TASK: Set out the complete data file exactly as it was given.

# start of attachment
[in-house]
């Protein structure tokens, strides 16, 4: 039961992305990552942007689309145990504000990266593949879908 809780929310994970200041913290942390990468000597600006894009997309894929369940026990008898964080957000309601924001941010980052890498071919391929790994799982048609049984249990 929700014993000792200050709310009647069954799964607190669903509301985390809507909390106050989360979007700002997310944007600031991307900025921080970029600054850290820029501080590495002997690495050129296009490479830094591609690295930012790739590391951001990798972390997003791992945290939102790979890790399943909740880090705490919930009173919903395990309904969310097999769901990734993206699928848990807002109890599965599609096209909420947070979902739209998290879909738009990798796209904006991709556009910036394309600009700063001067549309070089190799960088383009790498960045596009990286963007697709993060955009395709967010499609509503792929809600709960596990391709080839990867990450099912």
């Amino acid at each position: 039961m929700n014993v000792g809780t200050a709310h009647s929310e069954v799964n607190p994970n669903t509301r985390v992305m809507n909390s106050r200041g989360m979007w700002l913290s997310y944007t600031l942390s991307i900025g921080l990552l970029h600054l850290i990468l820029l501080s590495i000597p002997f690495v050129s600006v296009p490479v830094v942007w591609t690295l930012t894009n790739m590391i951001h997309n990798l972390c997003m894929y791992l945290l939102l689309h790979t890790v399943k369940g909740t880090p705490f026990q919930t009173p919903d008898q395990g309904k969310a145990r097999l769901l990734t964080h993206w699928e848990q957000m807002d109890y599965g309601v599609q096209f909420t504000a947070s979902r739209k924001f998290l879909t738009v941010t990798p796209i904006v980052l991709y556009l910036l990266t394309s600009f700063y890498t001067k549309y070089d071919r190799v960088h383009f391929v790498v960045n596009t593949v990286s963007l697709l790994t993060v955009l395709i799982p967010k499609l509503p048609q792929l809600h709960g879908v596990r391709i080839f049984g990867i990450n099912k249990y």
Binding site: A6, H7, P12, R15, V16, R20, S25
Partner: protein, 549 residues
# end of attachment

[in-house]
């Protein structure tokens, strides 16, 4: 039961992305990552942007689309145990504000990266593949879908 809780929310994970200041913290942390990468000597600006894009997309894929369940026990008898964080957000309601924001941010980052890498071919391929790994799982048609049984249990 929700014993000792200050709310009647069954799964607190669903509301985390809507909390106050989360979007700002997310944007600031991307900025921080970029600054850290820029501080590495002997690495050129296009490479830094591609690295930012790739590391951001990798972390997003791992945290939102790979890790399943909740880090705490919930009173919903395990309904969310097999769901990734993206699928848990807002109890599965599609096209909420947070979902739209998290879909738009990798796209904006991709556009910036394309600009700063001067549309070089190799960088383009790498960045596009990286963007697709993060955009395709967010499609509503792929809600709960596990391709080839990867990450099912």
């Amino acid at each position: 039961m929700n014993v000792g809780t200050a709310h009647s929310e069954v799964n607190p994970n669903t509301r985390v992305m809507n909390s106050r200041g989360m979007w700002l913290s997310y944007t600031l942390s991307i900025g921080l990552l970029h600054l850290i990468l820029l501080s590495i000597p002997f690495v050129s600006v296009p490479v830094v942007w591609t690295l930012t894009n790739m590391i951001h997309n990798l972390c997003m894929y791992l945290l939102l689309h790979t890790v399943k369940g909740t880090p705490f026990q919930t009173p919903d008898q395990g309904k969310a145990r097999l769901l990734t964080h993206w699928e848990q957000m807002d109890y599965g309601v599609q096209f909420t504000a947070s979902r739209k924001f998290l879909t738009v941010t990798p796209i904006v980052l991709y556009l910036l990266t394309s600009f700063y890498t001067k549309y070089d071919r190799v960088h383009f391929v790498v960045n596009t593949v990286s963007l697709l790994t993060v955009l395709i799982p967010k499609l509503p048609q792929l809600h709960g879908v596990r391709i080839f049984g990867i990450n099912k249990y």
Binding site: A6, H7, P12, R15, V16, R20, S25
Partner: protein, 549 residues